Now that the battle has been won, it is time for The Hero to return to the ordinary world with the treasure. It is at The Hero’s discretion if the prize is to be shared with others or kept to him/herself. It is also possible that The Hero does not return to the known world, choosing instead to stay in the magical sphere. These steps can be seen in numerous myths from around the world as well as in classics like The Odyssey and Beowulf. It can even be found in more modern books and films such as Star Wars, The Wizard of Oz, Shrek, and the Harry Potter series.
While the tale itself is entertaining, the Hero’s Journey is a metaphor for the process of growth and rebirth. We must walk away from what we know and enter the realm of uncertainty if we wish to receive a boon. The treasure may be an external reward or accomplishment, or perhaps wisdom we garnered on the path of self-discovery. Sharing these riches with others has the capacity to benefit the community and even society as a whole. The journey has transformed us; we are not the same people at the end as at the beginning. The tests strengthened us and we are more aware of the power that lies within. Life provides us with many opportunities to enter the unknown. Natural transitions such as entering adulthood, committing to a partner, having children, or becoming an elder are all situations in which we must shed our old selves and grow into a bigger role. Creative projects, new jobs or responsibilities, and business ventures also give us the chance to challenge ourselves and realize our skills and talents. However, the most profound manifestation of the Hero’s Journey is to look within and discover a sense of wholeness. This is the ultimate prize.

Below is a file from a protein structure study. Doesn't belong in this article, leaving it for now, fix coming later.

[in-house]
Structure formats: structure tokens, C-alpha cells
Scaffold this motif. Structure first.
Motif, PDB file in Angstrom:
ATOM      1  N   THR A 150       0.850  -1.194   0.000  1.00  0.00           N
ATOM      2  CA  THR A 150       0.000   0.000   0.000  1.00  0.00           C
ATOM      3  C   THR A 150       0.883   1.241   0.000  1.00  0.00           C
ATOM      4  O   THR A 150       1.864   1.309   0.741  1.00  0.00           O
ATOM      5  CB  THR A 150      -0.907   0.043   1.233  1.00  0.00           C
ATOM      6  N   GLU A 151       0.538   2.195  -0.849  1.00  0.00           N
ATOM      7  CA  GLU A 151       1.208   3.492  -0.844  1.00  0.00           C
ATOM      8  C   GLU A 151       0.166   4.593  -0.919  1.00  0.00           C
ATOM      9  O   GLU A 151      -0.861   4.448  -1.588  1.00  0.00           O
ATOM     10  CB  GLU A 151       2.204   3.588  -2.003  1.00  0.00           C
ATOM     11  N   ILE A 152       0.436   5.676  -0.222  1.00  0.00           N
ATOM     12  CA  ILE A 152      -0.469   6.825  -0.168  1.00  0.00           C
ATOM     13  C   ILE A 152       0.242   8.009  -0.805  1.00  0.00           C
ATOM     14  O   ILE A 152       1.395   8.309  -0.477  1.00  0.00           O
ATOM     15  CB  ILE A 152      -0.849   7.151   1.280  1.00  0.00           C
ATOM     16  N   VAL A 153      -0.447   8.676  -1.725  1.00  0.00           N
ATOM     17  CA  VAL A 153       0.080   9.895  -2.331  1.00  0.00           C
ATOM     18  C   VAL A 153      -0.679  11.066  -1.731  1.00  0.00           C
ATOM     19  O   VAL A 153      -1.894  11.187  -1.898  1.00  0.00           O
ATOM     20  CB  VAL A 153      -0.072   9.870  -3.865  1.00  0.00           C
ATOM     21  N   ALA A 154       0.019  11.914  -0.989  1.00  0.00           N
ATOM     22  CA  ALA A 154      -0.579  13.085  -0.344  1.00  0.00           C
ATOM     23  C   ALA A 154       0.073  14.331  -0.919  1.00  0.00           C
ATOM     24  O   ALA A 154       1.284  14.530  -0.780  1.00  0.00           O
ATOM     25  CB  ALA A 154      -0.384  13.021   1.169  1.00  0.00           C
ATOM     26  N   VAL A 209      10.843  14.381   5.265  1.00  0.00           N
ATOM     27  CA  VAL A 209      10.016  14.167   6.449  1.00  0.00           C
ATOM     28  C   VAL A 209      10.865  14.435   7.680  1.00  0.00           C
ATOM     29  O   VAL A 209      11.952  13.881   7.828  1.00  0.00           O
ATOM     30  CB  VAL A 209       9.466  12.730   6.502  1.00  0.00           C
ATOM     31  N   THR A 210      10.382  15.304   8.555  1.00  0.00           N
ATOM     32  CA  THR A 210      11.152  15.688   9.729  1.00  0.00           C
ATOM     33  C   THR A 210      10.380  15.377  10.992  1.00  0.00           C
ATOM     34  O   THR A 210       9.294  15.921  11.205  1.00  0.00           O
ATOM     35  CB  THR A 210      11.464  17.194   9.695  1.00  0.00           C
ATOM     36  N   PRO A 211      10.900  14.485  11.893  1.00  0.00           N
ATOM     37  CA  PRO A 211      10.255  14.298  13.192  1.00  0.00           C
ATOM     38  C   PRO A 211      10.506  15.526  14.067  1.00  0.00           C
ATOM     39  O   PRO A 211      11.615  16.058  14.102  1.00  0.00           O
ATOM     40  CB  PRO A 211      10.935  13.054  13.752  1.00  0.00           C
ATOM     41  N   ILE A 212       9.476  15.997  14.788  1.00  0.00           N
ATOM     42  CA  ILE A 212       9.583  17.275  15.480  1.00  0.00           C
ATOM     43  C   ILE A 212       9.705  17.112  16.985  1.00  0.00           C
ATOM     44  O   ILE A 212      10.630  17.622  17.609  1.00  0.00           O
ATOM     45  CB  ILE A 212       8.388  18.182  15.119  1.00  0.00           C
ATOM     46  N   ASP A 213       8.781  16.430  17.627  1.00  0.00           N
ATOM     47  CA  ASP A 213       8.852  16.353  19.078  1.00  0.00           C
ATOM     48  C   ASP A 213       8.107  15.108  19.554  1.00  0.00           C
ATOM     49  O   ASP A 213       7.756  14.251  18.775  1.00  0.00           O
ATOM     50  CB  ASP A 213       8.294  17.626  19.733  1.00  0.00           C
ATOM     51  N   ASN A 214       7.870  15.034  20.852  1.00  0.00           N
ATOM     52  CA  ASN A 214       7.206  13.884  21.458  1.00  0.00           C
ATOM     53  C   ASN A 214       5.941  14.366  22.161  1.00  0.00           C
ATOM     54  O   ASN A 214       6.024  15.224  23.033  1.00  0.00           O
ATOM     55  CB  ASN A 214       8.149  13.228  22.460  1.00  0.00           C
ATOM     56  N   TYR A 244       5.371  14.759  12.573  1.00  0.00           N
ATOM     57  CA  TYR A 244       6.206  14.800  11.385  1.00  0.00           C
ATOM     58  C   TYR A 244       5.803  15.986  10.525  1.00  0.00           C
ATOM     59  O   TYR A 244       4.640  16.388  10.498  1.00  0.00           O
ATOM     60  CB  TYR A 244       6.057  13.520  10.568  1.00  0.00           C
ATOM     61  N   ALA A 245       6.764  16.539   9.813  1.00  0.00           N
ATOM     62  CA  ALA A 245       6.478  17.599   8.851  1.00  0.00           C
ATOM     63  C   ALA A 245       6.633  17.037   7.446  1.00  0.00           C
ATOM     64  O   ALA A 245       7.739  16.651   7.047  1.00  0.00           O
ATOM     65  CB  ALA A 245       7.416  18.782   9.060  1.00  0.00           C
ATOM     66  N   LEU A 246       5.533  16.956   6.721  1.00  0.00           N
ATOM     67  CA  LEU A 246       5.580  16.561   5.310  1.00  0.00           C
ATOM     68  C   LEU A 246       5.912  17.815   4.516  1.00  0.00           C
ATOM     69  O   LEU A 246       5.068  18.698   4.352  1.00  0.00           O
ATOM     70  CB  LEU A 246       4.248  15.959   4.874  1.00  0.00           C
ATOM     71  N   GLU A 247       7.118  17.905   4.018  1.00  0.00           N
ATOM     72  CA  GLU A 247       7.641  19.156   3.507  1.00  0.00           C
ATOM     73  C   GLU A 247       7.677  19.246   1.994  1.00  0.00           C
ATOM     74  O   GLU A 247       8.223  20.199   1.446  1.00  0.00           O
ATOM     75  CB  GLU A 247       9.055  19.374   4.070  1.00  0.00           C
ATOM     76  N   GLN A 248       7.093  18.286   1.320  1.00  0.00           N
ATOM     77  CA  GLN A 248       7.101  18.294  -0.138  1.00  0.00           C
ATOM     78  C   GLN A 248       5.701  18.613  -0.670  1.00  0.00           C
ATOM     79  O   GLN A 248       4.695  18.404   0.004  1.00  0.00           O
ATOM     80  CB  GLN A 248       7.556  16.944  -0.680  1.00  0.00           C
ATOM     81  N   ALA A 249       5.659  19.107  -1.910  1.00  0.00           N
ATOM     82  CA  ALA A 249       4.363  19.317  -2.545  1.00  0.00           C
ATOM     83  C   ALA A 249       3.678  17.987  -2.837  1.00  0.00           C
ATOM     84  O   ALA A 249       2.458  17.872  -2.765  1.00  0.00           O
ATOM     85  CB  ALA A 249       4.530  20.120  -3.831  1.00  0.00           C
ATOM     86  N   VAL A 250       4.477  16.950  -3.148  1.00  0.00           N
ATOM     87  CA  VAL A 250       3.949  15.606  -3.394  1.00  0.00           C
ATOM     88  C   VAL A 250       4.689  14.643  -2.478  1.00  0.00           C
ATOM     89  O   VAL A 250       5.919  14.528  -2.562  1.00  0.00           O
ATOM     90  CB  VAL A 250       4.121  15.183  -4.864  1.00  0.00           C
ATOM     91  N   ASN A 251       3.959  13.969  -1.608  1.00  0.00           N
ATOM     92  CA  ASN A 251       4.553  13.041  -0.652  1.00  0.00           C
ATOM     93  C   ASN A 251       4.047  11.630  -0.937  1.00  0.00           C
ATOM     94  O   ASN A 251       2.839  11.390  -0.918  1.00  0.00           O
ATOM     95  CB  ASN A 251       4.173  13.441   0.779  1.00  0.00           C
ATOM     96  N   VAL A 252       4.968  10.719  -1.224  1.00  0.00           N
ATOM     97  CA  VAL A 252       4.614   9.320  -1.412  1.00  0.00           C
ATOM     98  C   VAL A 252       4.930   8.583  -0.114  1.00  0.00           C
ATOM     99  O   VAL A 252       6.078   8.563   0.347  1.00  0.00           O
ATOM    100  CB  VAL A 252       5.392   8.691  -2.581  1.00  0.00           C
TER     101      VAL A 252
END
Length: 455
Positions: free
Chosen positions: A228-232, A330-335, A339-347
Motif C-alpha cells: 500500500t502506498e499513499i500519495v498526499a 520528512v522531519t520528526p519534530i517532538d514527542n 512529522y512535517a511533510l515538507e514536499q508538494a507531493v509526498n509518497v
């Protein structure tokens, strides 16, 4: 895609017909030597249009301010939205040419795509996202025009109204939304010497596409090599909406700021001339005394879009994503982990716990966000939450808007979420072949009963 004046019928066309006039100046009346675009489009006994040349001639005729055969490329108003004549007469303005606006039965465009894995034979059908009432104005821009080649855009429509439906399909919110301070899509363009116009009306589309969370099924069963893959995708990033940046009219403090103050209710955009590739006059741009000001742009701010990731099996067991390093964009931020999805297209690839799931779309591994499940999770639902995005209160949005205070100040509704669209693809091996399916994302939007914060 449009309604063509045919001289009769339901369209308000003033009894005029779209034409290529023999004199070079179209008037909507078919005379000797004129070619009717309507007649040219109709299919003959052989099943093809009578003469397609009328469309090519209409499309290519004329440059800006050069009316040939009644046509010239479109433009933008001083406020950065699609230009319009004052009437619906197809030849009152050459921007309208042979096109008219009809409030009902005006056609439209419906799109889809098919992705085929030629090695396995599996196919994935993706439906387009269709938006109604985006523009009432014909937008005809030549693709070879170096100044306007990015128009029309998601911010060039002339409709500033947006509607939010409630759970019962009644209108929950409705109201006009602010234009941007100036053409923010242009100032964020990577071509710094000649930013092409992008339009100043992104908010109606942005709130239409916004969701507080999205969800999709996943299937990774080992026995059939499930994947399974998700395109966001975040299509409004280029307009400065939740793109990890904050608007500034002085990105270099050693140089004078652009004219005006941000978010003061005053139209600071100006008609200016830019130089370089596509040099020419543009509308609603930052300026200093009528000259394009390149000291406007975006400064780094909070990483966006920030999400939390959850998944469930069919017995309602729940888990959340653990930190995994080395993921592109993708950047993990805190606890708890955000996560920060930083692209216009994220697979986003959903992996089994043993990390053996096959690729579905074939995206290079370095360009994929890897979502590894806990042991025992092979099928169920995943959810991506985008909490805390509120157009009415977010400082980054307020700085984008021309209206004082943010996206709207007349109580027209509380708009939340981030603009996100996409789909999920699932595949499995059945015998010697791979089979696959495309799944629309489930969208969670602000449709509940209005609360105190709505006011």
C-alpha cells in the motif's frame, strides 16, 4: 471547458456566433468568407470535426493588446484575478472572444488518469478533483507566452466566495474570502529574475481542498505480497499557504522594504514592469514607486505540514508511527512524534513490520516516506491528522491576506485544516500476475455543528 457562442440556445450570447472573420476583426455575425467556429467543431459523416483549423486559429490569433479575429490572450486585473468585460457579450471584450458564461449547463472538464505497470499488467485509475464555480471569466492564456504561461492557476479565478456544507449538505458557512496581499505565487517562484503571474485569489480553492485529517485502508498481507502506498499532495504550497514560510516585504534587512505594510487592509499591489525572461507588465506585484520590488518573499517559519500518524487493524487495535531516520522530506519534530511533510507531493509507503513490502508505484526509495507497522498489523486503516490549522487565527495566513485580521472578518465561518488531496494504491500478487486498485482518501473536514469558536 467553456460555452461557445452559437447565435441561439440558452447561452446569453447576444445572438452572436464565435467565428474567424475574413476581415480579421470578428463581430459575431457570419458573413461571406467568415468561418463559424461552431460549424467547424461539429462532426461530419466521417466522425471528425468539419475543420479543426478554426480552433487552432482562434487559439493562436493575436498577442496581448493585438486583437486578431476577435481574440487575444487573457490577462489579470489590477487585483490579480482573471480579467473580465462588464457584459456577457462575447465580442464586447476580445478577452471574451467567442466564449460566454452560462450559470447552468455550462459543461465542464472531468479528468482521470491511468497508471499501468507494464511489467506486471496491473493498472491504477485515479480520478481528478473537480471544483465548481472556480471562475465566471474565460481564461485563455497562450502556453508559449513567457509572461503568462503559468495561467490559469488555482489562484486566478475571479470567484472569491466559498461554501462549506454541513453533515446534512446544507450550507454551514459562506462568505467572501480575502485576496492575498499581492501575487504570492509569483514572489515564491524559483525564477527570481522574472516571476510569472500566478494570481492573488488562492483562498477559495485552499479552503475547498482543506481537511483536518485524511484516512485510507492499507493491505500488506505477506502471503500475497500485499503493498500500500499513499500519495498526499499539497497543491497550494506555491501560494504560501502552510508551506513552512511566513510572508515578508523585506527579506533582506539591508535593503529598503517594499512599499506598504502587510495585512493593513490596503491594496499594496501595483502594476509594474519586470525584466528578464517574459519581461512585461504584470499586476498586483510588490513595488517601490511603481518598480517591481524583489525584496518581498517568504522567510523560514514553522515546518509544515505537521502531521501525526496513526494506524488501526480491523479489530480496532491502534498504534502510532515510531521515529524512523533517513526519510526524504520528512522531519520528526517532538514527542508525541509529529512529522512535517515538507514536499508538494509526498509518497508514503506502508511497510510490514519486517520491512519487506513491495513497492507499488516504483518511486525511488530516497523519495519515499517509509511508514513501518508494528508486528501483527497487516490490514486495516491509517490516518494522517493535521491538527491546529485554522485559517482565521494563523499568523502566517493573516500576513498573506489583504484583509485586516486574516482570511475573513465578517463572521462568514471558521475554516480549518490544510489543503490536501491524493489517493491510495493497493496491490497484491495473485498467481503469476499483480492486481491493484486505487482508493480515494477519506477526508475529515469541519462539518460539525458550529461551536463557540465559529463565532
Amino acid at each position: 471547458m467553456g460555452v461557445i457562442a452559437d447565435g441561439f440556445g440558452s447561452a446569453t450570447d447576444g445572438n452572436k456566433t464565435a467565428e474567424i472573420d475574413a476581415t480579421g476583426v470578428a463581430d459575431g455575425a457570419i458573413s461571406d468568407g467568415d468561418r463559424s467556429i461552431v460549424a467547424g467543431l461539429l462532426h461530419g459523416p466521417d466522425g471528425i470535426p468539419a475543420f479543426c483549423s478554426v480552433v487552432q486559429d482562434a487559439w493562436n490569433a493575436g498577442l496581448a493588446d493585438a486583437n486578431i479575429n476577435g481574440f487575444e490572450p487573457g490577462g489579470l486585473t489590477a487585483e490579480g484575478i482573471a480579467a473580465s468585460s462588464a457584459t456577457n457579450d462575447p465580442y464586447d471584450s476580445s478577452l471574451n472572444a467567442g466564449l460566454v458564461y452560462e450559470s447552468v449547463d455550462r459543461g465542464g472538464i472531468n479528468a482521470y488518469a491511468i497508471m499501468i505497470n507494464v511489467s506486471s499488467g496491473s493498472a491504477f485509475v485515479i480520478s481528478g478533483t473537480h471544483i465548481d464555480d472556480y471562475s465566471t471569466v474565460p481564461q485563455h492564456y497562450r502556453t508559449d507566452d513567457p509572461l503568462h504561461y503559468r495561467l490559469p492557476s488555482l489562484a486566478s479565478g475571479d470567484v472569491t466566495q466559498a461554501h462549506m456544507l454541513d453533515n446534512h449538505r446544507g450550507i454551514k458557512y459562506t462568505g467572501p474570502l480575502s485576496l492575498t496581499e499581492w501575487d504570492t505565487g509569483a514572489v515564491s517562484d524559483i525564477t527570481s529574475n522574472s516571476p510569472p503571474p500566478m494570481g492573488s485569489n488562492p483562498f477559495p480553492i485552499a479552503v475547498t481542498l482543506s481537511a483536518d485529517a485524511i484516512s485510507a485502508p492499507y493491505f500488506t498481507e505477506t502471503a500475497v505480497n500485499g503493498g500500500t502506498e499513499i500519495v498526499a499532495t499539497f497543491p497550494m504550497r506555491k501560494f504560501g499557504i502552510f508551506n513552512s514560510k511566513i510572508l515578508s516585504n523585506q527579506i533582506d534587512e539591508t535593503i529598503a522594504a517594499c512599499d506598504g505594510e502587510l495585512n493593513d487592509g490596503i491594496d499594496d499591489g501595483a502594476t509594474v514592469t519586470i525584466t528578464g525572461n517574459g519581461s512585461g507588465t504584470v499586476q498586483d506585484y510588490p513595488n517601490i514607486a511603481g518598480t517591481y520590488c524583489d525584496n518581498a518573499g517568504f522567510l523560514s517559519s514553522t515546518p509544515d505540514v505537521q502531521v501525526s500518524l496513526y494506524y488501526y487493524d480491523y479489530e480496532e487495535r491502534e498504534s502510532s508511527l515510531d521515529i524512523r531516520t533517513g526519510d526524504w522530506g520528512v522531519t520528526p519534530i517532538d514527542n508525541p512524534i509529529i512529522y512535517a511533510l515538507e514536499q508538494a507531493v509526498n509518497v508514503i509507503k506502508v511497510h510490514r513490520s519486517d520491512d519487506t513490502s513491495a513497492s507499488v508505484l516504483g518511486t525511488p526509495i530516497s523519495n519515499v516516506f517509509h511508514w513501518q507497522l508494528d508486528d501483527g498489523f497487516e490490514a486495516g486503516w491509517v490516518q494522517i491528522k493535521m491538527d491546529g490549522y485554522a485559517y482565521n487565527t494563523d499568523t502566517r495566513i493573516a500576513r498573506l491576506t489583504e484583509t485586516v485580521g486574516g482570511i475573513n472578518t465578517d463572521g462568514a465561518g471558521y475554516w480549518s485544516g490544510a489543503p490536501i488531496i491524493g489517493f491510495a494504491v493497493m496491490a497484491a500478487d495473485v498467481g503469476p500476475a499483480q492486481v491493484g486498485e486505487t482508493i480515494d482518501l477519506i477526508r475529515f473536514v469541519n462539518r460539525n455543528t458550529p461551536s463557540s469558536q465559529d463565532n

The Call To Adventure is only the second step in the monomyth, but it can easily be the last. It is not uncommon for The Hero to refuse The Call for a period of time before surrendering to the process. But answering The Call is first and foremost a choice; some would-be heroes simply refuse to leave home. This may literally mean staying in our hometown where we feel unfulfilled. Or maybe we endure a miserable job or unhealthy relationship instead of deciding we need more. Perhaps we have always had a dream but convince ourselves it is impossible and refuse to make it a reality. In some tales, The Call comes in the form of soft, otherworldly music heard playing in the woods. Following the melody leads The Hero into a different dimension which begins the quest. Those who ignore the music must live with the knowledge that their lives will be half-lived.
Spiritual seekers, artists, and thinkers and innovators of all kinds frequently go into nature for inspiration. The natural world has a way of centering us and creating greater harmony both within ourselves and with our environment. In nature we become more attuned to and aware of the process of life. The modern world moves so quickly that slowing down can seem impossible and society’s many distractions can drown out The Call. Don’t miss out on the great adventure of life. We are all heroes.